Is Obama a Hollywood Creation?
Barack Obama's run for the presidency is making history. Some would contribute the groundbreaking event to the Civil Right movement, to American liberalism, or to a voter backlash resulting from the war in Iraq and to the failure of the government to prevent 9/11. No doubt all played some part. But, one of the most overlooked factors is the increasingly prominent roles of black actors in blockbuster films.
I never thought that I would live to see a black man nominated to run for the most important political office in the United States, or the world for that matter. Obama's impressive showing is not just a victory for black people, but a great victory for America.
I can remember in the 1960's attending afternoon matinees with my friends. Almost every Saturday the local theater offered up a carte du jour of Tarzan of the Apes, Elvis Presley, or John Wayne. Unlike our fathers, we were spared having to digest portions of Steppin Fitchit's monkey shine or Amos and Andy's buffoonery. In their rare appearances, black actors donned the roles of slaves, maids, butlers and servants, oftentimes with more than a touch of minstrel antics and Stagolee-like bravado. Hollywood still preferred black caricatures over black characters.
Importantly, during the fifties, Sidney Portier and Harry Belafonte won Hollywood acclaim in dramatic roles and planted the seeds of progressive change in the film industry. Some argued that the roles were assimilations role, Uncle Tom roles. To them I say: some unsatisfied with the pace of progress called both Martin Luther King and Booker T. Washington uncle toms. But, no one today can refute the fact that they knocked down barriers and reshape the way American thought about color. During this same period, Hollywood turned out quality films like Carmen Jones (with the great Dorothy Dandridge) and A Raisin in the Sun (with its all-star cast). The American public (blacks and whites) helped to turn them into both into box office gold.
In the seventies, Hollywood churned out films designed exploit black people's hunger for black heroes: Super Fly, Across 110th Street and Shaft were created to meet the demand. Blacks got their heroes, but at a dear price. In contrast to roles of the fifties, black roles lacked depth and were robbed it there universality. The world stage was narrowed to ghetto backdrops, where pimps, drug dealers and gun totting ruffians replaced Buckwheat, Black Sambo, and Picaninny. The black image continued to suffer from the legacy of racism. While these 'blaxploitation' films afforded many actors the opportunity to apply their trade, the stereotypical roles would typecast many of them in the long run.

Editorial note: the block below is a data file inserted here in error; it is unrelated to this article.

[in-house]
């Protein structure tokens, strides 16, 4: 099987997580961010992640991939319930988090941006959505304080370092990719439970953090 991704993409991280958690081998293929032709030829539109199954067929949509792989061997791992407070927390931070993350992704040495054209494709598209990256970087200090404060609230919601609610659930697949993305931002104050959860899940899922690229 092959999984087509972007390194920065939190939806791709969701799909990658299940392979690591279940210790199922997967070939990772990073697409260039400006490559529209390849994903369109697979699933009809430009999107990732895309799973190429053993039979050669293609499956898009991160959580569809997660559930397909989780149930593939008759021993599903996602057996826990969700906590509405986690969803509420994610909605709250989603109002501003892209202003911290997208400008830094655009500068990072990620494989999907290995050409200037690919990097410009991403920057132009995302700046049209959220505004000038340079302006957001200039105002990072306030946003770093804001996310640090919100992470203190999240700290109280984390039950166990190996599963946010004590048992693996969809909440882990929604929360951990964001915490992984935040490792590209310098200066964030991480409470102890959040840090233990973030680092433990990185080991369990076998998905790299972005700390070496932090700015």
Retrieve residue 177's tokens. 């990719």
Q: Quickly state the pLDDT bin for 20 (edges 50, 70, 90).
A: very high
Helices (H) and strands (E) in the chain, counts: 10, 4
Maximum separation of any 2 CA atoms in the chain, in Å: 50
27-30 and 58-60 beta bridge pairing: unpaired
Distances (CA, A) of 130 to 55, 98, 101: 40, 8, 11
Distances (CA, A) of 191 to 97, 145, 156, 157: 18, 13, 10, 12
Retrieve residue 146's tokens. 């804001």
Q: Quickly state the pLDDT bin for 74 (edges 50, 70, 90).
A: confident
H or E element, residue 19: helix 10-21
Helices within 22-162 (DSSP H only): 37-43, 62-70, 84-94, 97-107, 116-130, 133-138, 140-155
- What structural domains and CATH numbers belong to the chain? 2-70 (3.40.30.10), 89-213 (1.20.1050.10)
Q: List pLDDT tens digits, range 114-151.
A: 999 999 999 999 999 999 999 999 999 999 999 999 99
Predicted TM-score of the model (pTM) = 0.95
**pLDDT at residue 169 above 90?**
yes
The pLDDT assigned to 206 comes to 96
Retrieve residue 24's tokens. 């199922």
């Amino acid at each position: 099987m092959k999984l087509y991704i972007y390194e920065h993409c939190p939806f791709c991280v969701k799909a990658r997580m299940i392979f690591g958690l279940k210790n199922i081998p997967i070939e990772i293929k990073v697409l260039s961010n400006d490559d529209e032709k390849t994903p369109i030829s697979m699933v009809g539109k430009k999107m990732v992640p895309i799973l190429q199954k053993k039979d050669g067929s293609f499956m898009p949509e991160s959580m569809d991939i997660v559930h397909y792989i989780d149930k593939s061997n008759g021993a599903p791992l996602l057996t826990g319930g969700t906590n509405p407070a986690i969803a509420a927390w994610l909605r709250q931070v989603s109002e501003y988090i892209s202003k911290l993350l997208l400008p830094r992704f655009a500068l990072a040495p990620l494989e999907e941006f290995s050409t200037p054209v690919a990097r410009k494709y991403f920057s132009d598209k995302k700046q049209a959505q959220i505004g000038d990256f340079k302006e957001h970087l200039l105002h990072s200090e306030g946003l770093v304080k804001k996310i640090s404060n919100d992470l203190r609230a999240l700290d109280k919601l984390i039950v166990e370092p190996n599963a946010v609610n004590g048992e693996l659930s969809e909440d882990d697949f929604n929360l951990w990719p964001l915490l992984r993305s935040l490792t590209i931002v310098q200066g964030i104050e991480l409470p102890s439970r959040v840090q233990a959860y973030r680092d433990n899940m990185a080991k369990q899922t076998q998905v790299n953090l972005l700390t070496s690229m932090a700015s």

Did Hollywood purposefully set out to degrade black people? Let just say that Hollywood has always played it safe and rarely ventured beyond what they thought white America wanted to see. So, for the most part, Hollywood can be accused being cowards in the faces of racist tradition. But, time would suggest thatHollywood should have given white audiences more credit.
By the nineties, Television depiction of the blacks made the giant leap from "Goodtimes" to "The Cosby Show". Meanwhile, Hollywood was casting black as generals (Morgan Freeman in Virus), corporate moguls (Samuel L. Jackson in Deep Blue Sea), and presidents (Morgan Freeman in Deep Impact, even God (again, Morgan Freeman in Bruce Almighty). Ironically, just a few years ago, Chris Rock starred in the film, Head of State, which figured a black man running for president. Although, suggesting a slim and unlikely possibility (due to a broad cultural schism), the film gave a glimpse of things to come.
Thousands of white voters lined up for hours to gain admission to the venues where Obama was speaking revealed a fundamental change in America. I couldn't help but conclude that Hollywood had been powerful agent. Although, I'm not suggesting that Hollywood alone prepared the way. But one can argue that seeing is believing. That is to say that black seen in powerful leadership roles may have compelled millions of Americans to rethink race, and consequently, politics.
That is to say that Dennis Haysbert's portrayal of a black president on the award winning television show '24' may have paved the way for an Obama. When I wrote American Messiah (about a mystical black child resurrecting American from the bowels of hell) the plot seemed farfetched, even more fanciful than the apocalyptic theme itself.
Was the literary marketplace ready for such a bold, black image I asked myself? At the time, I had my doubts. However, today it seems quite plausible. Seen in the context of American values and traditions (religious and secular), a black man or woman can represent an American Icon. Does it mean that race, with the aide of Hollywood casting, has been rendered a dead issue? Definitely not. But, a giant step has been taken with the success of Barack Obama, and the future remains to be written.